Africa

Burundi rights activist Mbonimpa injured in gun attack

Pierre Claver Mbonimpa (19 March 2015) Image copyright AFP
Image caption Mr Mbonimpa's work over the years for prisoners and others has won international acclaim

A prominent human rights activist in Burundi has been shot and seriously wounded by gunmen on motorbikes, his family and witnesses say.

Pierre Claver Mbonimpa was attacked in the capital, Bujumbura.

He was a stern critic of President Pierre Nkurunziza's controversial bid for a third term in office.

On Sunday presidential aide Gen Adolphe Nshimirimana was killed in an attack on his car in Bujumbura. He was in charge of the president's personal security.

Burundi has suffered serious unrest since President Nkurunziza's decision in April to seek a third term in office.

Opponents argued this violated the constitution and there was a failed coup attempt in May.

A presidential election was held last month which Mr Nkurunziza won, but which was boycotted by the opposition.

Bikers with guns

The US special envoy for the region, Tom Perriello, condemned the attack on Mr Mbonimpa.

"We are just horrified," he told BBC Newsday.

"This is a truly courageous man who has repeatedly stood up for the rights of the people of Burundi and has repeatedly been sent to prison for standing up for basic civil rights," he added.

Image copyright Reuters
Image caption Burundi has suffered months of unrest since President Nkurunziza's decision to seek a third term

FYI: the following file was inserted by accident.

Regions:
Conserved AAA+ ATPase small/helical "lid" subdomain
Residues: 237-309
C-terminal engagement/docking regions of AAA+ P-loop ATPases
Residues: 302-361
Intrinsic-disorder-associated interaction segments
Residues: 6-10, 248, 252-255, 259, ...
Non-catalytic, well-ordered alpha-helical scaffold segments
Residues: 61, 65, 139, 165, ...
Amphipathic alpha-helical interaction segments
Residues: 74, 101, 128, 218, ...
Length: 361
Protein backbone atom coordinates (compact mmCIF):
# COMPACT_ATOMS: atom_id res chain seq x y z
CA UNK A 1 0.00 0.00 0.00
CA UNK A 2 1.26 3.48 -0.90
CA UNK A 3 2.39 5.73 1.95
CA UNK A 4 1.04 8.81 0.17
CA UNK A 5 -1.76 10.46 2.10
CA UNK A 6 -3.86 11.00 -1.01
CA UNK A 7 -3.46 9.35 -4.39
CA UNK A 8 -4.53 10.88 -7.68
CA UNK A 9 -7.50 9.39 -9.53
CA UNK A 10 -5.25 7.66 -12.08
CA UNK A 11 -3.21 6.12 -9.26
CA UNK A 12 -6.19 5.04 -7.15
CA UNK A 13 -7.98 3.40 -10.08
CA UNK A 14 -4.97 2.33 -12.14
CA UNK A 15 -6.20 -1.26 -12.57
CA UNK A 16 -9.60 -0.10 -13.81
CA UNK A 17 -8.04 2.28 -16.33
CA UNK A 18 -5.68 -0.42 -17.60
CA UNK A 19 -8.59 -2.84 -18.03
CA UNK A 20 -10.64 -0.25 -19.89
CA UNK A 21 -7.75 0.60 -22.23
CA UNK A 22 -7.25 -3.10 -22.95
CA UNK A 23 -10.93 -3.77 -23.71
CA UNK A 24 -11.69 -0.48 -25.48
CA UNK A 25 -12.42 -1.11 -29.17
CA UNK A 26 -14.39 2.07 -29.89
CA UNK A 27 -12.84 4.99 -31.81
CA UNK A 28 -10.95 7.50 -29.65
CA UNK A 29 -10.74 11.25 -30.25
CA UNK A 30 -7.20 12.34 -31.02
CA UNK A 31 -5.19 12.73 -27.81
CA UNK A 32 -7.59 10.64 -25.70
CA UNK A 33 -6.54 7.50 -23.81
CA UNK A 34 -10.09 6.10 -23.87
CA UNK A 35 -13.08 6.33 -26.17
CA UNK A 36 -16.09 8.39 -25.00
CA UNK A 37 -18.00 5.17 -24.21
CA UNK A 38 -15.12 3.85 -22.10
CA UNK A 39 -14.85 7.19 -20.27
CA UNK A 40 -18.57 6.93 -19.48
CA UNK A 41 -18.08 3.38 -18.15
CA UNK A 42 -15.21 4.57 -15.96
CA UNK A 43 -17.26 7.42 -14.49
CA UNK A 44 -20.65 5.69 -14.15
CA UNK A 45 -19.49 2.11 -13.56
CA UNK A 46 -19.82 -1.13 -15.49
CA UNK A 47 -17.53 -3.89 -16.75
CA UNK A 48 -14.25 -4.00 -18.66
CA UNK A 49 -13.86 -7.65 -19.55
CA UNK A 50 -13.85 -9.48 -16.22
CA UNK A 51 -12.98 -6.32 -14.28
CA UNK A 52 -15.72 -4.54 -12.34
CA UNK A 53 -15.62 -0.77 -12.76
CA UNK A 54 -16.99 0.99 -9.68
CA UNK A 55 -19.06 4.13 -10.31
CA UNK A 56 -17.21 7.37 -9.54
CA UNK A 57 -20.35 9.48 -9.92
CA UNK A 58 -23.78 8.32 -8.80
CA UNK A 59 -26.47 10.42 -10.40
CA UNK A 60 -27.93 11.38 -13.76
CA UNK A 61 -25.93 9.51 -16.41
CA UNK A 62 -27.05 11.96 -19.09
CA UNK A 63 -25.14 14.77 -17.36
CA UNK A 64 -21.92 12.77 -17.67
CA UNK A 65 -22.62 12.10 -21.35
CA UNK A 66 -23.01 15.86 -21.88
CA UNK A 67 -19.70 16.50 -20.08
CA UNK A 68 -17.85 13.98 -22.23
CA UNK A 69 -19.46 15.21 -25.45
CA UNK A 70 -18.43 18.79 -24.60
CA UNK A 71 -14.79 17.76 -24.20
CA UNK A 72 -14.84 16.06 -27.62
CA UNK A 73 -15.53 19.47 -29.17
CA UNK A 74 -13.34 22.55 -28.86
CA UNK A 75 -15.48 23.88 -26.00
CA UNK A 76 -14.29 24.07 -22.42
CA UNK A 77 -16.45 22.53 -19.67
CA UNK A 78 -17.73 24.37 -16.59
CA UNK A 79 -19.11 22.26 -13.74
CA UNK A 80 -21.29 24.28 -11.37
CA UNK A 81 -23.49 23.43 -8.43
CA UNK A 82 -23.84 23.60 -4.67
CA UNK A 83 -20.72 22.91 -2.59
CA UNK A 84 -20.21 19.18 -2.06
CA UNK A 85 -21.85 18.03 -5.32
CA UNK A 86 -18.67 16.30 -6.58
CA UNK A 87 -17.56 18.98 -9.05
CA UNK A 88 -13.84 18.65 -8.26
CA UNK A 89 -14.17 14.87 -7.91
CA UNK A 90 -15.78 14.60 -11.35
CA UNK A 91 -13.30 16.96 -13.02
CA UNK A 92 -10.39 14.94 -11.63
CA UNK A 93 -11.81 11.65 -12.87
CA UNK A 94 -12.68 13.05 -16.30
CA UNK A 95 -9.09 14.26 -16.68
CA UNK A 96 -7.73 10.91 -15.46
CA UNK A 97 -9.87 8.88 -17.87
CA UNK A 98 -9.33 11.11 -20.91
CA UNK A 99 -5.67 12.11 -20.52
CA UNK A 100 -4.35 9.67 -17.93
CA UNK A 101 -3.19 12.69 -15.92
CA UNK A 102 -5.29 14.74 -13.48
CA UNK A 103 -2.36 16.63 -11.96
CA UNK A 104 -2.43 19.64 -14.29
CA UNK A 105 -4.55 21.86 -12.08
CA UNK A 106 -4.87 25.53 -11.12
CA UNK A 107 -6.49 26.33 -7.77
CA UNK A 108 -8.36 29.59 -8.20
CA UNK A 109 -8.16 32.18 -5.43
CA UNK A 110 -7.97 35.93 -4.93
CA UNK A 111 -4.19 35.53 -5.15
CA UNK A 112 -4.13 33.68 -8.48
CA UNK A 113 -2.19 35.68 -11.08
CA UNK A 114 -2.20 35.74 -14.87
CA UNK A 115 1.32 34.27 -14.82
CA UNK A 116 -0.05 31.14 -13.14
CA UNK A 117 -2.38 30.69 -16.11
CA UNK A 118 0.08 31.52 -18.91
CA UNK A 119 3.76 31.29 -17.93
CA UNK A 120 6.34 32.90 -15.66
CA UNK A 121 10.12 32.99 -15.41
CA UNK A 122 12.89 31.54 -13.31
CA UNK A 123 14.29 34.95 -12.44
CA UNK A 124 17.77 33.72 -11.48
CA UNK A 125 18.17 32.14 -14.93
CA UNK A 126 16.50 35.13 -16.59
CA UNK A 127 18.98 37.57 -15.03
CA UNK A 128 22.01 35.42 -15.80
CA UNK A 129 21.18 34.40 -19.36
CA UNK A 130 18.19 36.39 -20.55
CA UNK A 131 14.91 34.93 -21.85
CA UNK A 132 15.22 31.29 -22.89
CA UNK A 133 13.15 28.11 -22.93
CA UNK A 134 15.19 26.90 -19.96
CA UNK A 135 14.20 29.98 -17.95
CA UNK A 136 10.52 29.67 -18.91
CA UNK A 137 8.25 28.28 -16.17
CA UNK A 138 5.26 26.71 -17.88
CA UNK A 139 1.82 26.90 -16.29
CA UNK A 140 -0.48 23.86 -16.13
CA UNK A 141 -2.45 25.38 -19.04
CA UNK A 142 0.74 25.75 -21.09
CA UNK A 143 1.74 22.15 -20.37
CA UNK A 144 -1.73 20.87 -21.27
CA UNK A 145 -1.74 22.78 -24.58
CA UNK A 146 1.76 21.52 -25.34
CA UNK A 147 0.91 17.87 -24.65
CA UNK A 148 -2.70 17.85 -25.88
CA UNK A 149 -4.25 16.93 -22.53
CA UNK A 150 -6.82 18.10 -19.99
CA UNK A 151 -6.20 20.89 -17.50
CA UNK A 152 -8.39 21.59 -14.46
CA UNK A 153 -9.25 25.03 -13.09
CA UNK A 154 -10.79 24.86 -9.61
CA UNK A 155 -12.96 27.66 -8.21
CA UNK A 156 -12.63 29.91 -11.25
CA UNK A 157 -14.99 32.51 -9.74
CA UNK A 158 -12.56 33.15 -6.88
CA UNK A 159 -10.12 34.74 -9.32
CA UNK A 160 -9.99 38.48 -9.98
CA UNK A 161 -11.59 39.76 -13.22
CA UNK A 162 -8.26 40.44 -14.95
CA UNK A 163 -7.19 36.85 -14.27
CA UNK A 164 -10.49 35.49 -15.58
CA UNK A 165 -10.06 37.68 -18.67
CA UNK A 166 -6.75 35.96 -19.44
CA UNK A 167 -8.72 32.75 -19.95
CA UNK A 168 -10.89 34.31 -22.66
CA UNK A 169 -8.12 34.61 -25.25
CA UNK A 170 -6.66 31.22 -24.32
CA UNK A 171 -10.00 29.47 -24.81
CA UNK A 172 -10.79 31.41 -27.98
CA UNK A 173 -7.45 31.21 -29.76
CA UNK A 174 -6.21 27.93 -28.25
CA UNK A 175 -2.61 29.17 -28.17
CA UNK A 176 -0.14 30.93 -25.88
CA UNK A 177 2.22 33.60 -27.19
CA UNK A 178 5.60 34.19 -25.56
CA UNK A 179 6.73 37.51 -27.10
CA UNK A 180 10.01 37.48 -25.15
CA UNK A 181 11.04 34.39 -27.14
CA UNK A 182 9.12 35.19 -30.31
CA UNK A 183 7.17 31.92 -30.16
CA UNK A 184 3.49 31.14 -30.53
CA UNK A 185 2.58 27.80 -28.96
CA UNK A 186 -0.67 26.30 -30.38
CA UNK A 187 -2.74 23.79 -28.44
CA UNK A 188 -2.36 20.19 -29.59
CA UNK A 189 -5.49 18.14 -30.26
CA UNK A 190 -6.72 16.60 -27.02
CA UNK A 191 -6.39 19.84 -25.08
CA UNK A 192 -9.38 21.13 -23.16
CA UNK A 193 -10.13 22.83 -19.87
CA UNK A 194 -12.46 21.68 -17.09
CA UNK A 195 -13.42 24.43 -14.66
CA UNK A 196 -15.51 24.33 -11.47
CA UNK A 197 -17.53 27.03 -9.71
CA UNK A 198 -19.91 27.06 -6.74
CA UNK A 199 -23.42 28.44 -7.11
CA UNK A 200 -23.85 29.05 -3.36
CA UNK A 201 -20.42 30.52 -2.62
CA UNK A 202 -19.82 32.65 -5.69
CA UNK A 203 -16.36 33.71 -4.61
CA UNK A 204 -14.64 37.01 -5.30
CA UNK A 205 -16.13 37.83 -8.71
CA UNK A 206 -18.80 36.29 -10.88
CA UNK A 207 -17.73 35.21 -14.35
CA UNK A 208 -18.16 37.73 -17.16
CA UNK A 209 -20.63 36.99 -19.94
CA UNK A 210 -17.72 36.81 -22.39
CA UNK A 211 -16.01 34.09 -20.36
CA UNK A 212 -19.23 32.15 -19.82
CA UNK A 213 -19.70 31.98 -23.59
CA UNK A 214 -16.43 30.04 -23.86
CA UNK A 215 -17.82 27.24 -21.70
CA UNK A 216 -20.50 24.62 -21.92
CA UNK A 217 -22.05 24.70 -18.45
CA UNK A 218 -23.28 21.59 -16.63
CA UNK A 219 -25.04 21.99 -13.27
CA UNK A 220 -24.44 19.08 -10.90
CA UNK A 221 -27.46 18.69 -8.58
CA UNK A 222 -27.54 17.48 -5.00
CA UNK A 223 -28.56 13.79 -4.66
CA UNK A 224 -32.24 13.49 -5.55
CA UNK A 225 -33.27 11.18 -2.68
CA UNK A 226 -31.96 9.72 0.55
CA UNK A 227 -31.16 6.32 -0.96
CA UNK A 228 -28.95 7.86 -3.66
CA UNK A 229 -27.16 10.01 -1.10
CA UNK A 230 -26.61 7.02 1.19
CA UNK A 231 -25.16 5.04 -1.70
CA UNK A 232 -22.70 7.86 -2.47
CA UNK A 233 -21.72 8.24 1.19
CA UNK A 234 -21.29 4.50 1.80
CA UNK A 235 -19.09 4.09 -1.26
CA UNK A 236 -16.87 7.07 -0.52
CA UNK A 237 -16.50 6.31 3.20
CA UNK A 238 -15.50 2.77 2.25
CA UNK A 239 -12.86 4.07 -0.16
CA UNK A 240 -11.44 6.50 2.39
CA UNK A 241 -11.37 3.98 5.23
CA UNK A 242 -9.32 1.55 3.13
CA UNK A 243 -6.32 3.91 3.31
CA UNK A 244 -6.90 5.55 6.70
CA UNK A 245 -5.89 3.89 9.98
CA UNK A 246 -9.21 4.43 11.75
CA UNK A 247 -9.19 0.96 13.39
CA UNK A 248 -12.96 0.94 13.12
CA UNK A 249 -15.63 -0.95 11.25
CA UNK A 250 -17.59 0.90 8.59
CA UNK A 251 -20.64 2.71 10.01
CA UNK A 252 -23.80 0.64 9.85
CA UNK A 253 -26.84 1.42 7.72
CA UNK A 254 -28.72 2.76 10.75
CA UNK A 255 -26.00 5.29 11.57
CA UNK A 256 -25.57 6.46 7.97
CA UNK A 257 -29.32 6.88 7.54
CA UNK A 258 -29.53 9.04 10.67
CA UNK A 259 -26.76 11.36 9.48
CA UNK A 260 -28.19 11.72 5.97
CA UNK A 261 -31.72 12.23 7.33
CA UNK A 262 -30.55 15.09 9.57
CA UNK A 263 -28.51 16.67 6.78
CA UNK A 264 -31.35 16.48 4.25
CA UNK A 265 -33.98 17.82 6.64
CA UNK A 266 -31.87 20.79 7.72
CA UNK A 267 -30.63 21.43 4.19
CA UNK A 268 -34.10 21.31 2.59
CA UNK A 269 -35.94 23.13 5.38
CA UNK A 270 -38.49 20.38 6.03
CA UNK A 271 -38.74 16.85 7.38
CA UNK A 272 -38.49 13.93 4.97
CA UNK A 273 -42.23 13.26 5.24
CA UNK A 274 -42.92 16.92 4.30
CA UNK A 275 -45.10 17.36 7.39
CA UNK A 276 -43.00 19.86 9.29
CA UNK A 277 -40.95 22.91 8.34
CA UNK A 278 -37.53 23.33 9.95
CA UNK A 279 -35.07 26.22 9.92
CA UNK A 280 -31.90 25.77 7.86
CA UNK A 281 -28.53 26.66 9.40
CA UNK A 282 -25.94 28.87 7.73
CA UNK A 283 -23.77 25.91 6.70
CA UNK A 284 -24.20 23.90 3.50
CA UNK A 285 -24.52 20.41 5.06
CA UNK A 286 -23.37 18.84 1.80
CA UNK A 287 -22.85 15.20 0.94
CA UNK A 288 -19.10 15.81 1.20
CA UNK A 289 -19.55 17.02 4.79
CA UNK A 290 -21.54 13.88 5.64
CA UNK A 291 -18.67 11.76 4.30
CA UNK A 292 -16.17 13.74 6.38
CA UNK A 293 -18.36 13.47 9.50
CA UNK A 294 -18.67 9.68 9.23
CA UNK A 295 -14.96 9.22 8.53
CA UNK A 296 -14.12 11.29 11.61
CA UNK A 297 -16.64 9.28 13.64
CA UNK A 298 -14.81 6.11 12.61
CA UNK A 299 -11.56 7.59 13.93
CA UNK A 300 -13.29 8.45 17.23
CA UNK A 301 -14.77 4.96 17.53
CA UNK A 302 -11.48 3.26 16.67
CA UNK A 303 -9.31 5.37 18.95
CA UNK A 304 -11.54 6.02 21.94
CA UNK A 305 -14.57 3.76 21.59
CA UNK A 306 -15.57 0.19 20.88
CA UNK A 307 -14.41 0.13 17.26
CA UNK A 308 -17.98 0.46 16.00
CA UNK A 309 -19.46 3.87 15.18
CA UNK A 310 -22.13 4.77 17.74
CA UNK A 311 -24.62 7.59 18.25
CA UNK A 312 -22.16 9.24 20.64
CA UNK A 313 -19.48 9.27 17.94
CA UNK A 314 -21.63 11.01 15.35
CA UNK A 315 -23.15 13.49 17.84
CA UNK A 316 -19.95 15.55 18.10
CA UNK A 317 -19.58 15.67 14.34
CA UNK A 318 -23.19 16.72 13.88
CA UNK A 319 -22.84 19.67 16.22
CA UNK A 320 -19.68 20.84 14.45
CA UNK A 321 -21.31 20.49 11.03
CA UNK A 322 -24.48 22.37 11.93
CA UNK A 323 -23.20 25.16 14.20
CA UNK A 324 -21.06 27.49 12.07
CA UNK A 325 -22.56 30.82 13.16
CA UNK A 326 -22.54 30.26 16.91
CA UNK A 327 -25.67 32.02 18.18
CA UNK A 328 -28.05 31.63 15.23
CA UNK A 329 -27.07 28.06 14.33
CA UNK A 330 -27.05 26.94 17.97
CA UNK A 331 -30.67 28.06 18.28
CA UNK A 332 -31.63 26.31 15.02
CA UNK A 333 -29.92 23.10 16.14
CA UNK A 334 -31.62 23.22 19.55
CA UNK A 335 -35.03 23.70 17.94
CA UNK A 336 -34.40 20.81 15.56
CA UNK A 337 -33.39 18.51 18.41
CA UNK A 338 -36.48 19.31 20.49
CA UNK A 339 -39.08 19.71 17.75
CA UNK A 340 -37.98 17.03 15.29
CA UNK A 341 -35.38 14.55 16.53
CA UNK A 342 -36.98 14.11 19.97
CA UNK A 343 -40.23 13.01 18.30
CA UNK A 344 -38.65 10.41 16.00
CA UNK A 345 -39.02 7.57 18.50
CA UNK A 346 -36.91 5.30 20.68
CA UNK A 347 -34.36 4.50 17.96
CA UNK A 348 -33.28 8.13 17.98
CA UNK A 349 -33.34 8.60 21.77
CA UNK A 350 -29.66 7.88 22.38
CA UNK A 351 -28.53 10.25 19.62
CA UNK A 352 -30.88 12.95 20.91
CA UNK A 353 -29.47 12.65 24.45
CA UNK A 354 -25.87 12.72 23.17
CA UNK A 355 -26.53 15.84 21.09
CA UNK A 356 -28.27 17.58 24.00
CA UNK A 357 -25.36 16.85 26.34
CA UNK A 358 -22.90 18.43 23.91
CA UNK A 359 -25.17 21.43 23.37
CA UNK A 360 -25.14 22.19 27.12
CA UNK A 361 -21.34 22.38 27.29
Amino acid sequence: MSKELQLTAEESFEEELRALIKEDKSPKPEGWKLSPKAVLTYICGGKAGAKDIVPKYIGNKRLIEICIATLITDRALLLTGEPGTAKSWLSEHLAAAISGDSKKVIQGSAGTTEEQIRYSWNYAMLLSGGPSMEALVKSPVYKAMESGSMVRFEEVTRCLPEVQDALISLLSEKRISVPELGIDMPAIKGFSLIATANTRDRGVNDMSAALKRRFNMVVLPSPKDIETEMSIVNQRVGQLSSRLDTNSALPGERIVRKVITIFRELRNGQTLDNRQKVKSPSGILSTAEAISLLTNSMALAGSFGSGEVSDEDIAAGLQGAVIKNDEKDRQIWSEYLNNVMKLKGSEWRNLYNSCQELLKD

The activist is in intensive care in a Bujumbura hospital, a relative told Reuters news agency.

The shooting took place near Mr Mbonimpa's home north of the capital on Monday evening.

"He was going home when suddenly a group of motorcyclists encircled him and started shooting at him. Many of the bikers had guns," the relative said.

Several foreign diplomats have visited Mr Mbonimpa in hospital, says the BBC's Prime Ndikumagenge in Bujumbura.

Mr Mbonimpa is believed to be one of the few members of Burundi's civil society opposed to the president who have not fled the country.

In April, he was held without charge for more than 24 hours by the intelligence services after he called for protests against the president's efforts to secure a third term.

Correspondents say that Mr Mbonimpa's work over the years for the rights of prisoners and others has won international acclaim and that rumours of his death had circulated in Burundi before the shooting took place.

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